This article highlights the dynamics of values in our reasoning on public space. By means of an epistemological study, illustrated by examples in the Dutch city of Amsterdam, it tests the contemporary premises underlying our ways to safeguard the inclusive, democratic, agential city, and, as such, it aims to update our view on public space. The article raises three subsequent main questions: [i] Is the city our common house as perceived from the Renaissance onward, containing all, and consequently are public spaces used by the people as a whole? [ii] Is the city formalising our municipal autonomy as emphasised since the Enlightenment, in an anti-egoistic manner, and in this line, are public spaces owned by local governments representing the people? And, [iii] is the city open to our general view as advocated in Modern reasoning, restricting entrepreneurial influences, and synchronically, is its public spaces seen and/or known by everyone? – Inclusiveness, democracy, and agentiality are strongholds in our scientific thinking on public space and each issue echoes through in an aim to keep cities connected and accessible, fair and vital, and open and social. Yet, conflicts appear between generally-accepted definitions and what we see in the city. Primarily based upon confronting philosophy with the Amsterdam case for this matter, the answering of questions generates remarks on this aim. Contemporary Western illuminations on pro-active citizens, participatory societies, and effects of among others global travel, migration, social media and micro-blogging forecast a more differentiated image of public space and surmise to enforce diversification in our value framework in urban theory and praxis.
Read full article online:
Harteveld, Maurice (2019) ‘Reviewing Premises on Public Spaces in Democratic, Inclusive, Agential Cities, illustrated by Amsterdam’, In: The Journal of Public Space, 2019, Volume 4, Number 2, pp. 123-143
The Journal of Public Space is open access, contents are freely accessible under Creative Commons Attribution-NonCommercial 4.0 International License (CC BY NC).
For the full issue: Vol. 4 n. 2 | 2019 | FULL ISSUE
Editors: Maurice Harteveld and Hendrik Tieben
Managing Editor: Luisa Bravo
Publisher: City Space Architecture / UN-Habitat
Improving our ways to urbanise and innovate urbanisation processes are needed in order to meet the UN Sustainable Development Goals, hence deliver the Quito New Urban Agenda promise. During the Future Days event, participants renewed the listing of urban topics. They bridge the gaps between academics and practitioner. They have presented much more evidence-based policies at the global level and with local examples and test-beds. And, they generated a better understanding of the driving forces of urbanisation and of the needs for better regulating the processes.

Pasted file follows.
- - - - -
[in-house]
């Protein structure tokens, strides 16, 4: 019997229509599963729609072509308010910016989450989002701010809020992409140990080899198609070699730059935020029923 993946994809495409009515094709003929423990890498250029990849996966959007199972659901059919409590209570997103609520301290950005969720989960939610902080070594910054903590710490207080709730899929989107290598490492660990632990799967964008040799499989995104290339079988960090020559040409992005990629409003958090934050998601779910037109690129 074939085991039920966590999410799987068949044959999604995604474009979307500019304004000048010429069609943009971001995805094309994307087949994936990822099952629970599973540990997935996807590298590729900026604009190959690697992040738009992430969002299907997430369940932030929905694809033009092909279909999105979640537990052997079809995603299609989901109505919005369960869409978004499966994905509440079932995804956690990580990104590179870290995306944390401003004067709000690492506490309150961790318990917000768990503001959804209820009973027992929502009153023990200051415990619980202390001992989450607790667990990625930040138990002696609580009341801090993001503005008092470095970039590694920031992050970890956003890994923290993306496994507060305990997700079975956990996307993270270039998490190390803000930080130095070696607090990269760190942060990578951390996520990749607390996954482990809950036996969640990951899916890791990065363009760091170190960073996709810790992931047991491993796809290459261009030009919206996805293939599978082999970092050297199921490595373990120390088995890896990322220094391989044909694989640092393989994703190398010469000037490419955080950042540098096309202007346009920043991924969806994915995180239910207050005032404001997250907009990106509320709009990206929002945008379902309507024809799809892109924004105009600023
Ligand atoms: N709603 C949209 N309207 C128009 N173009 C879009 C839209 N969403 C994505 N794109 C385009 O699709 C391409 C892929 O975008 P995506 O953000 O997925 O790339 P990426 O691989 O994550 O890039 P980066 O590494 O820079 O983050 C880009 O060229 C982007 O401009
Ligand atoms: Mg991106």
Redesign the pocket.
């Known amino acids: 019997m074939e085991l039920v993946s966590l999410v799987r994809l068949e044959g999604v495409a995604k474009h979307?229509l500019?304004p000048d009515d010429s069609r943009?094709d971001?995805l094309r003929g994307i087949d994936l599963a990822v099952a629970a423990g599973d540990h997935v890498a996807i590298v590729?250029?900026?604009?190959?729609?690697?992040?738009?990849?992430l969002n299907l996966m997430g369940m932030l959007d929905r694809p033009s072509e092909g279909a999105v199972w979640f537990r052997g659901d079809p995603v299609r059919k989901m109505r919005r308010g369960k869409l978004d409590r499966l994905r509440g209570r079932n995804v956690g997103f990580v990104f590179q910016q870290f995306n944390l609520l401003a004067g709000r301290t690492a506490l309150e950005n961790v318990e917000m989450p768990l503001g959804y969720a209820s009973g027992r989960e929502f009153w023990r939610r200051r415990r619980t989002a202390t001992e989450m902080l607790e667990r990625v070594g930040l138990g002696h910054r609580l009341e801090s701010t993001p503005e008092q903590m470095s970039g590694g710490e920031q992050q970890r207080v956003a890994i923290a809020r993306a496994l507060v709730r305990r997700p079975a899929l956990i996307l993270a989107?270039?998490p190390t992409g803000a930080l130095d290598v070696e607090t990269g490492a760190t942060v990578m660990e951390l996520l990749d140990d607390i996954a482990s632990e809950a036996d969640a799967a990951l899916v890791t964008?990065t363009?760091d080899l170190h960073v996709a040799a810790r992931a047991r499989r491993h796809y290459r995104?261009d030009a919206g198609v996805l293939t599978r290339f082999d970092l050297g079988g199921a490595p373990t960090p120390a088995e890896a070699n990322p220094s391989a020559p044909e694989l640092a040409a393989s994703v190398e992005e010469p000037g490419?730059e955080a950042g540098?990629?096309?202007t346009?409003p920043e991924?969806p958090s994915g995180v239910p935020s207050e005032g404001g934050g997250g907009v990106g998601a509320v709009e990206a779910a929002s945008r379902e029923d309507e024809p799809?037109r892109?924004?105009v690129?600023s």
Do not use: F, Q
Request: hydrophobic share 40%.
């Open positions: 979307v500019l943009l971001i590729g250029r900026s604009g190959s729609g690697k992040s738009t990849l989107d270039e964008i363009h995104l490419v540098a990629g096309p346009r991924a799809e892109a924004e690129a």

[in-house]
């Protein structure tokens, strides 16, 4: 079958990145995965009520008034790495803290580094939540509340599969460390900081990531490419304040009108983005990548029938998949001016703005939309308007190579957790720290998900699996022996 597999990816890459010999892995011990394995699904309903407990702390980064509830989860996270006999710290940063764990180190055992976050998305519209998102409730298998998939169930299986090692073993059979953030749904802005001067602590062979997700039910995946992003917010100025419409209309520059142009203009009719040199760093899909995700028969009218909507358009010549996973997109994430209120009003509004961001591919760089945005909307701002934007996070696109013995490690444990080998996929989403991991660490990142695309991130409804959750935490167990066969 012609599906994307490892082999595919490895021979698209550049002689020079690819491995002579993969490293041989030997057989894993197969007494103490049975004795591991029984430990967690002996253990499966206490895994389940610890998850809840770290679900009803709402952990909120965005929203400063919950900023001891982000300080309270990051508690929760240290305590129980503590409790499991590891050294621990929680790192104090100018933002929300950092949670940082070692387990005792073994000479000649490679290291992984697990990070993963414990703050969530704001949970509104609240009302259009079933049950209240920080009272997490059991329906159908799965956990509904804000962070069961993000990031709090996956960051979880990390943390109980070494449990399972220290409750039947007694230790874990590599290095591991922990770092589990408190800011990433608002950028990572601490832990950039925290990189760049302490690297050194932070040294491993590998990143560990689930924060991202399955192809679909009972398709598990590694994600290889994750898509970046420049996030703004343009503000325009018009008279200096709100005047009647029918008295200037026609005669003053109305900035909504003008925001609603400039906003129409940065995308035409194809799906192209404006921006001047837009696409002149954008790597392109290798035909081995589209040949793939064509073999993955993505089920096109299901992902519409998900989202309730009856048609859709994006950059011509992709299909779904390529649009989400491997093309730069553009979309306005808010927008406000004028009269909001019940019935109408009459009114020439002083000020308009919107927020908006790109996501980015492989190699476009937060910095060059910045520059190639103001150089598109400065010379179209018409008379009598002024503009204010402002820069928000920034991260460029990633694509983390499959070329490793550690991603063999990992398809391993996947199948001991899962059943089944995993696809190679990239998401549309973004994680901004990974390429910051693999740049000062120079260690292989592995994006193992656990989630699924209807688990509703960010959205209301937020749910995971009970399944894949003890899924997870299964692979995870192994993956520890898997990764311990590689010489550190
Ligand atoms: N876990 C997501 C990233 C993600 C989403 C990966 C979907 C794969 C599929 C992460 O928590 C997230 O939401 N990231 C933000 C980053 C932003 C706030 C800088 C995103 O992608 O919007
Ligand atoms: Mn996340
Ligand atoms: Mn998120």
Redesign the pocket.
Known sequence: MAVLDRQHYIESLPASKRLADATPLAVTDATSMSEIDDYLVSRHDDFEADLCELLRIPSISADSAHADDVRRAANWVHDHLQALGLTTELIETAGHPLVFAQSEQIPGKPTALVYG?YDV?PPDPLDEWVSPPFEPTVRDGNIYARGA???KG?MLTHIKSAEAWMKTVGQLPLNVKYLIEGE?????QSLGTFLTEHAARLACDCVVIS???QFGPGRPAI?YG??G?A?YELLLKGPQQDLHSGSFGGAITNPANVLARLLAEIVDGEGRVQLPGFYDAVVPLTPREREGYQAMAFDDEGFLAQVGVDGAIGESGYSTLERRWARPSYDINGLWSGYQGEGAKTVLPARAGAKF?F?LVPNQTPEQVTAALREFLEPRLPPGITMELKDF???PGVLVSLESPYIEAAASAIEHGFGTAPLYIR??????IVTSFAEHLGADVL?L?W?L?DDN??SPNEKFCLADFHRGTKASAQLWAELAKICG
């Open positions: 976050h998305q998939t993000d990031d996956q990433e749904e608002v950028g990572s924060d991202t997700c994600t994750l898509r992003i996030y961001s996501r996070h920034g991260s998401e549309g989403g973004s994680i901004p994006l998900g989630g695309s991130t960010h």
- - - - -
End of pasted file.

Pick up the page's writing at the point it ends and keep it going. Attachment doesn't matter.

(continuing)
People, Movement and Public Space
In a keynote at the Future Days 2019 event, themed ‘Legacy and Future of our Cities’, I illuminated the interdisciplinary topic ‘people, movement and public space’, in order to understand assembled complexities of cities which go along with this topic. I introduced a four-step approach: First, a network-theoretical approach in the analyses of path systems, aiming to understand the complex dynamic systems of real cities better. Second, the analyses of personal perspectives on these paths apply more a non-linear approach to understand complex trajectories and interactions in reality. Third, engaged with the human-adaptive approach, analysing the psychology of place helps to understand patterns in the evolutionary inter-subjectivity of being in cities. Lastly, by observing public life, understanding the emergence of life in real cities, and non-equilibria, may be understand from a self-organising approach.
How do we make public space that is inviting for all? What is public space in open cities? What can we learn from public space abroad? Three interesting lectures to inspire and to take lessons from. Sharing visions on public space at the HUA in Amersfoort.
Given the changing characteristics of public and private urban spaces, the lecture covers a wide range of city-related topics following a two-folded target. As urban space represents the interface of communication and urban investigations, it is crucial to bring participants nearer to the concept of it, including crossing boundaries. The second part of the lecture block will deal with the role of urban planning in shaping urban space following its redefinition. With this insight, participants would understand the role of urban space and the formal ways of planning it.